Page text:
ISLAMABAD: Highlighting the need for adopting a holistic approach to achieve 100 per cent enrolment, speakers at an expert meeting Wednesday stressed increasing net primary enrolment, which stands at 70 per cent with 50 per cent of these children dropping out before reaching the class-V.
The speakers demanded special interventions to increase female enrolment, which was particularly low, with special focus on urban-rural divide, as unlike urban areas segregation was much high in rural areas.
Mobility is also a major concern in rural areas as females (both students and teachers) face critical issues in reaching schools, they noted.
They were speaking at an expert group meeting on “Access to education and retention of girls’ schools.”
The speakers pointed out that inaccessibility to schools, low enrolment, high dropout rate, missing facilities, bad infrastructure, and trend of opening new schools on political basis were some of the major problems in the government schools affecting the students.
National Human Development Commission (NCHD) chairperson Nafisa Shah said gender segregation was not natural, rather it was a policy matter.
She said although Pakistan had shown some positive indicators in girls’ education as their enrolment had increased up to15 per cent, our needs were much greater if the target of 100 per cent enrolment was to be achieved.
Ms Shah said in a poor country like Pakistan there was no possibility to make separate schools for girls and boys.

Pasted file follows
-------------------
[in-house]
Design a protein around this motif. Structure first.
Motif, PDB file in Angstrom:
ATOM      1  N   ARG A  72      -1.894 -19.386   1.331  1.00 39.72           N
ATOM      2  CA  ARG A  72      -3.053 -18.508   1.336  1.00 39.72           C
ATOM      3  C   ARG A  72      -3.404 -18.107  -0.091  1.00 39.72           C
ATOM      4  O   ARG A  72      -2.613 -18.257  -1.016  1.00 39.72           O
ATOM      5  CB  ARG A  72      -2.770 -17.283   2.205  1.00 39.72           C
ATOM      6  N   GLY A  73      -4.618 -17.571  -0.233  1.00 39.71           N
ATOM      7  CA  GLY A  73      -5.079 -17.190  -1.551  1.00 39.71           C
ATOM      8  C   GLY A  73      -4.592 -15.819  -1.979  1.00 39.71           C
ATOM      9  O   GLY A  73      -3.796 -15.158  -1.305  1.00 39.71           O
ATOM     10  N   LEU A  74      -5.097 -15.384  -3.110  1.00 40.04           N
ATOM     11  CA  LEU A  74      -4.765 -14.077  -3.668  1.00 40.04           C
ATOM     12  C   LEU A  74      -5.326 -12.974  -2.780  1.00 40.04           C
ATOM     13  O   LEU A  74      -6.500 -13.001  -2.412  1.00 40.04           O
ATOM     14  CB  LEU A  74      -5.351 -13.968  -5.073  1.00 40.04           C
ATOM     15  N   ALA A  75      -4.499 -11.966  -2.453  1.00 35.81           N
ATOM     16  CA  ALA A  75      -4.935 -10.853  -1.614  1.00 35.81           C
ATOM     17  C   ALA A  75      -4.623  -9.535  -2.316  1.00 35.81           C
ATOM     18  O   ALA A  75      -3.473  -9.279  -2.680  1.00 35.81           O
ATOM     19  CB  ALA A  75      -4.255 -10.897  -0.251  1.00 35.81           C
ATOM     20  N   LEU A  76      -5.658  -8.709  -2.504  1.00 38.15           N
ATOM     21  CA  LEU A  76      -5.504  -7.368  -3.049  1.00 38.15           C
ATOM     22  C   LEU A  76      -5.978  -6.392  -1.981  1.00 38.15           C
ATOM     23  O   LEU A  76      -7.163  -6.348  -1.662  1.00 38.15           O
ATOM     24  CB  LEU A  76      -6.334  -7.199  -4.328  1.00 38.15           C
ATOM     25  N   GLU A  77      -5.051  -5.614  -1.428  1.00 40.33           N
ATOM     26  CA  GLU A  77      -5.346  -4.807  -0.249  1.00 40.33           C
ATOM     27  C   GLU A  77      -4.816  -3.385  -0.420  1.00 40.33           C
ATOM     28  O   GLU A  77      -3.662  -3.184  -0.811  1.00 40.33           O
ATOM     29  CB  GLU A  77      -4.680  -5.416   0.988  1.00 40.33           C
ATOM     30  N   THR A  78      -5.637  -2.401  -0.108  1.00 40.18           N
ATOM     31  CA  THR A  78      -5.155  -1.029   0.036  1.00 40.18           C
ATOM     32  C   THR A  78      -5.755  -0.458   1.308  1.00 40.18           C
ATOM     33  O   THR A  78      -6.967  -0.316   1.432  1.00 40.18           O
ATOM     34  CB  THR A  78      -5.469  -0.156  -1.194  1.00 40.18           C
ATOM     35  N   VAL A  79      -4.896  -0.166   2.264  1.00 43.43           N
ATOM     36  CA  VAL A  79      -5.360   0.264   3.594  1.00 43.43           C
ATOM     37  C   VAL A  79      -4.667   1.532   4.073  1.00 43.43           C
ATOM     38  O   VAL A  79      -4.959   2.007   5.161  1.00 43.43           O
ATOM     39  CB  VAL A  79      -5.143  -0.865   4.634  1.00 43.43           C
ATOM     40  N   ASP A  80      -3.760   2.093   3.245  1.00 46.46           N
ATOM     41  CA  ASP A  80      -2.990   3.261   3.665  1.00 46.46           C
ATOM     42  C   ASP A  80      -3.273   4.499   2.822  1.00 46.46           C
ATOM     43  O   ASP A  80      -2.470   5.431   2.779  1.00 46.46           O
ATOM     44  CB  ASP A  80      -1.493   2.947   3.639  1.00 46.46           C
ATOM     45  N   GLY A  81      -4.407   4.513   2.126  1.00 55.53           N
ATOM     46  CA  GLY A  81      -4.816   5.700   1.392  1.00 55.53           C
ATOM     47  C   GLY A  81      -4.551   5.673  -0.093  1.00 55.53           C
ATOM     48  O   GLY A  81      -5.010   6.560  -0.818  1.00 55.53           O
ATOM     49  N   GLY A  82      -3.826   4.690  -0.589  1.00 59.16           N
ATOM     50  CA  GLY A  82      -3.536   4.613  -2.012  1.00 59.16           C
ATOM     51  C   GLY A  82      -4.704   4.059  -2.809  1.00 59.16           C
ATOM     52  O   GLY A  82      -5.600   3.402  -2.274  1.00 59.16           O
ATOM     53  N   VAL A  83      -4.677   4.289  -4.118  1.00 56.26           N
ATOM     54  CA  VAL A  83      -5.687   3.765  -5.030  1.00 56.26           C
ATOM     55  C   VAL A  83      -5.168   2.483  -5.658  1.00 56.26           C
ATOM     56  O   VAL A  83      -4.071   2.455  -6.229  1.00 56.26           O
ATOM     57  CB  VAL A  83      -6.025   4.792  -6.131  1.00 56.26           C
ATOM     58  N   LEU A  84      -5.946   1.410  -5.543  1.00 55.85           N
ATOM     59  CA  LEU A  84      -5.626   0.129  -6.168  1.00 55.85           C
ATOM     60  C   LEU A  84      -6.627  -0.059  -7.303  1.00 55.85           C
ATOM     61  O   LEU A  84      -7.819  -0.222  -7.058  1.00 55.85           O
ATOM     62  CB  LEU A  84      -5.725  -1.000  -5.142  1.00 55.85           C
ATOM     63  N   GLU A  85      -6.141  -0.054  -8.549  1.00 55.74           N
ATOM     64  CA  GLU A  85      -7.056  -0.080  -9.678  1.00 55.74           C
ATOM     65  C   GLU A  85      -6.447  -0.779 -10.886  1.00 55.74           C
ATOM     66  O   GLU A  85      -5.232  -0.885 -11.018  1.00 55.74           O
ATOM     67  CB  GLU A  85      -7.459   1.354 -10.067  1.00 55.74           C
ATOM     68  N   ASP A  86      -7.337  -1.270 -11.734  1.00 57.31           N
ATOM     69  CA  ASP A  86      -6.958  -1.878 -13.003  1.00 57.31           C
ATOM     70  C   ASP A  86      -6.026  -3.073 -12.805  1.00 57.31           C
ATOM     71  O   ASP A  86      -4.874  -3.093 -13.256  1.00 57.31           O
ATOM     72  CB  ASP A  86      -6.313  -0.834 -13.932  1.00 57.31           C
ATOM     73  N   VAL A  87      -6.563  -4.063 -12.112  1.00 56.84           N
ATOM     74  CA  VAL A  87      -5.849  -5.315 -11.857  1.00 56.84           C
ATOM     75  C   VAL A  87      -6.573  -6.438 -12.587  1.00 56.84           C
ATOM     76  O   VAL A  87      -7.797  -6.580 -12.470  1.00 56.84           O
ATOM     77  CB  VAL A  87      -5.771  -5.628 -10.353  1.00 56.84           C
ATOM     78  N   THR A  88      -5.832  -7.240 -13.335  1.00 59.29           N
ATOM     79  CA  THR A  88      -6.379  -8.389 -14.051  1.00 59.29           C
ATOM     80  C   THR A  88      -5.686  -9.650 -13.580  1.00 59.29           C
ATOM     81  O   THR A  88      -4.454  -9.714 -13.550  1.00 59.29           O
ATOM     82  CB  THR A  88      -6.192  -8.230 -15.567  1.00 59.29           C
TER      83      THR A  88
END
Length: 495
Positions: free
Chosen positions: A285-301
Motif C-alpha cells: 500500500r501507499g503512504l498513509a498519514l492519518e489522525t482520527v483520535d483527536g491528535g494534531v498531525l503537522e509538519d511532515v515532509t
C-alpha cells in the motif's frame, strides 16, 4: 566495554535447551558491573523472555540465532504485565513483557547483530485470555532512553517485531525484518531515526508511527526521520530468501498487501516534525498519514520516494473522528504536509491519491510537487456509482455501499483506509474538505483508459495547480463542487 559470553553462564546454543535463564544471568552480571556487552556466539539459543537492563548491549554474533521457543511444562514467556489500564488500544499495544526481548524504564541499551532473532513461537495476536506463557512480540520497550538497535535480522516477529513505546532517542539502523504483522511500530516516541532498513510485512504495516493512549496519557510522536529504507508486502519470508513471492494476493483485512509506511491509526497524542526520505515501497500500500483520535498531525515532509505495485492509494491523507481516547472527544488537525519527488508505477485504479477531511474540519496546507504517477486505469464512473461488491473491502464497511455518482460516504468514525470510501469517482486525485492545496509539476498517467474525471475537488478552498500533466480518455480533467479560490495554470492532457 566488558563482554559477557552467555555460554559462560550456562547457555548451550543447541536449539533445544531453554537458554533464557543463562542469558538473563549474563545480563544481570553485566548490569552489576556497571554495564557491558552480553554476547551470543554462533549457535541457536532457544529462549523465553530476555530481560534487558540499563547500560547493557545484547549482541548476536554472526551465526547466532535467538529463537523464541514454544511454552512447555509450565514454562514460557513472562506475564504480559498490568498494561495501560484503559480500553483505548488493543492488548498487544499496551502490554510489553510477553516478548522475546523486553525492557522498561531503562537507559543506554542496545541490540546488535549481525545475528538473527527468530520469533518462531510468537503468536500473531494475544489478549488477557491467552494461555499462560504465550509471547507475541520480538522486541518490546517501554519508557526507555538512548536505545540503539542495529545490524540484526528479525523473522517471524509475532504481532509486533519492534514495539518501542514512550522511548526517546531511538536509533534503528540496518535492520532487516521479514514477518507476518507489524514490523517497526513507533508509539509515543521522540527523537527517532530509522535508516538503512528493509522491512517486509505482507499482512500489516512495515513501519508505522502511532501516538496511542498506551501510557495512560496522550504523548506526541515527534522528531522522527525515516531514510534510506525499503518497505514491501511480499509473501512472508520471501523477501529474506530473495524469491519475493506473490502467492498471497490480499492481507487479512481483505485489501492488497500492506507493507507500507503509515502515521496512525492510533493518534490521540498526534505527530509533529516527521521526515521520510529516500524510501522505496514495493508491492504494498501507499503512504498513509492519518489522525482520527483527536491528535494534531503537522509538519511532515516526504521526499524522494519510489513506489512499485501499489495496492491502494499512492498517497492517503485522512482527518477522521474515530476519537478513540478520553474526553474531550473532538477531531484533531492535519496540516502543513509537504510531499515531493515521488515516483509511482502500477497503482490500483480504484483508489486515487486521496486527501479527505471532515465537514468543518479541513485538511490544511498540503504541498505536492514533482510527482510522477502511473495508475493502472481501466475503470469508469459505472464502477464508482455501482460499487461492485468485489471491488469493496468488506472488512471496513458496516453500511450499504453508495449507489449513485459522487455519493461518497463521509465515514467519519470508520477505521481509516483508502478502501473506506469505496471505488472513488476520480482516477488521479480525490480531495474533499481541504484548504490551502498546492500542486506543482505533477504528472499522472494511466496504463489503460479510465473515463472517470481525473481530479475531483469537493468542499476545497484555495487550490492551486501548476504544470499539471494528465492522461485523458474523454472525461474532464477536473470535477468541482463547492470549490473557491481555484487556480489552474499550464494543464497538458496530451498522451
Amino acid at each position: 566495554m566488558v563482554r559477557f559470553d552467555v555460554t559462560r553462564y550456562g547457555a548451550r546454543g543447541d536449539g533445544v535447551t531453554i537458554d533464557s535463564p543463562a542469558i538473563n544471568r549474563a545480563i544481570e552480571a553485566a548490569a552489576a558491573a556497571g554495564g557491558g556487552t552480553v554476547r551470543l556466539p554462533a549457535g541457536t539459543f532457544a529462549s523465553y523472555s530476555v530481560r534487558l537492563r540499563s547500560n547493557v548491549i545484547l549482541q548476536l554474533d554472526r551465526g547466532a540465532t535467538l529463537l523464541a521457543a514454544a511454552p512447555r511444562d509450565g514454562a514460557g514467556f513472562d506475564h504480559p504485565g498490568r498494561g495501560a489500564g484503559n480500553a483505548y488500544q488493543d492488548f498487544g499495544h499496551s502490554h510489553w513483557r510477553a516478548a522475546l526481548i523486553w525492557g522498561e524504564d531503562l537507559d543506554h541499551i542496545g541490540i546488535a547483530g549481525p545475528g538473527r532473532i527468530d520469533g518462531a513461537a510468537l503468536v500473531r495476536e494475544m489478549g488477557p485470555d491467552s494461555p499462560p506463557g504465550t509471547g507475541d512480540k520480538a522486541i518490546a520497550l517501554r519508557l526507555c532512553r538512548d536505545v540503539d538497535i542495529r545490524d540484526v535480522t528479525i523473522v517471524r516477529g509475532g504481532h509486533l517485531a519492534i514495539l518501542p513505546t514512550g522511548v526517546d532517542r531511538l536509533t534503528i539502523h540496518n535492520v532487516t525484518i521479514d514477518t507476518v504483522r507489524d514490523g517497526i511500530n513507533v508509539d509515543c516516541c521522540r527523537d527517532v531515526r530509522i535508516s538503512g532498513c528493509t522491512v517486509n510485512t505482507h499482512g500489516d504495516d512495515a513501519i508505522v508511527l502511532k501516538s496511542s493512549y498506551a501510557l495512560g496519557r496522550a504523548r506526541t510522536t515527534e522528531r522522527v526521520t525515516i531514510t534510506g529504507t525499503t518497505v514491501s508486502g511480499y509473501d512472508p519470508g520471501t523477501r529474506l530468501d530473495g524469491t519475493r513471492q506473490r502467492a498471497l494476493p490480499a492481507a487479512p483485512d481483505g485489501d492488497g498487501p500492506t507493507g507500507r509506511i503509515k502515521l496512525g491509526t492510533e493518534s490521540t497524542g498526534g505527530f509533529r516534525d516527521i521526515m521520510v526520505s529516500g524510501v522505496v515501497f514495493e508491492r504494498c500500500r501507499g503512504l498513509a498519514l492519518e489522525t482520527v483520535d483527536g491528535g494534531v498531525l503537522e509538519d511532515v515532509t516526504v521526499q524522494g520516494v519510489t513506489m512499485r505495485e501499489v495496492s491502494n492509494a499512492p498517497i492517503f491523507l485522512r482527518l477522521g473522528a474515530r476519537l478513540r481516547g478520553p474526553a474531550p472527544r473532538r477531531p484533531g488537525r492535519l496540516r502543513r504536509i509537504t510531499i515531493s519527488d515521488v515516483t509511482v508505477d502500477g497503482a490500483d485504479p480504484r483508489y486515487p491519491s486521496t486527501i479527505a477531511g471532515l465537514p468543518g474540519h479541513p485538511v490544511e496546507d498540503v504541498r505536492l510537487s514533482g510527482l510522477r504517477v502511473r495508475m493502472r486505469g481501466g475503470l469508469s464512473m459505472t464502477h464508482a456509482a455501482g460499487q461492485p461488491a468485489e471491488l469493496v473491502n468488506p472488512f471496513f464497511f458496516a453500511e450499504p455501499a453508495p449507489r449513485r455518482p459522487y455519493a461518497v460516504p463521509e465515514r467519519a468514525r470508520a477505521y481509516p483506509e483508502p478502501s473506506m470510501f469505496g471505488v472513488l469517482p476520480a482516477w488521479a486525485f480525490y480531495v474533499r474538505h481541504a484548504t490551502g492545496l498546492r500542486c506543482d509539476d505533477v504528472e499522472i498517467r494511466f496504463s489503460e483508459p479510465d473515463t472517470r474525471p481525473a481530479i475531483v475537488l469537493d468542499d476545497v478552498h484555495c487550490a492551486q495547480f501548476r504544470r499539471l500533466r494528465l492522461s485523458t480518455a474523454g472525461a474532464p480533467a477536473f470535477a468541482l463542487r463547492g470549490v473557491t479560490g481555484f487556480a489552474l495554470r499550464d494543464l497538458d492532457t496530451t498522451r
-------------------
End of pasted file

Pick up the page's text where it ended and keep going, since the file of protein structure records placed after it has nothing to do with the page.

“We need to reduce gender gap to overcome the issue of girls’ education.”
In her presentation on “Girls’ education: Policy and planning gaps in improving access and retention,” Dr Fareeha Zafar, a representative of the Society for the Advancement of Education, said poverty had a greater impact on girls’ access to education as the cost of education beyond primary level could not be afforded by poor families. Meanwhile, they also face burden of housework, large family size, and extended family obligations, she noted.
Dr Zafar in her presentation also mentioned constraints in rural and urban areas, and gaps in gender focus at policy level.
Zulfiqar Ahmad, a representative of the NCHD, shared the details of the commission’s Universal Primary Education (UPE) programme which targeted out-of-school children.
The UPE programme, he said, was implemented through the public sector institutions.
With the help of village volunteers and concerned primary schoolteachers, the data of out-of-school children is collected through a door-to-door survey, he said, adding that these volunteers then motivate the parents for in time enrolment in nearest schools. Where there are no schools within commuting distance, the NCHD opened formal community primary-based schools to ensure access to education, he said.
Mohammad Ashraf, on behalf of the Punjab education department, talked about the interventions taken by the provincial government for increasing girls’ enrolment, including provision of stipend to girl students, distribution of free textbooks, upgradation of schools, distribution of edible oil and adoption of schools.
Earlier, United Nations Development Fund for Women (UNIFEM) Country Program Director Alice Harding Shackelford shared the findings of the impact analysis report on “Access to Education and Retention of Girls in Schools.”
Talking about the key features of report, she said, the key features were to look at the issues of female teachers and management of the schools and also finding ways and means of improving the education system.
Government should also replicate some of the good models in the schools to enhance the capacity of the children, she said.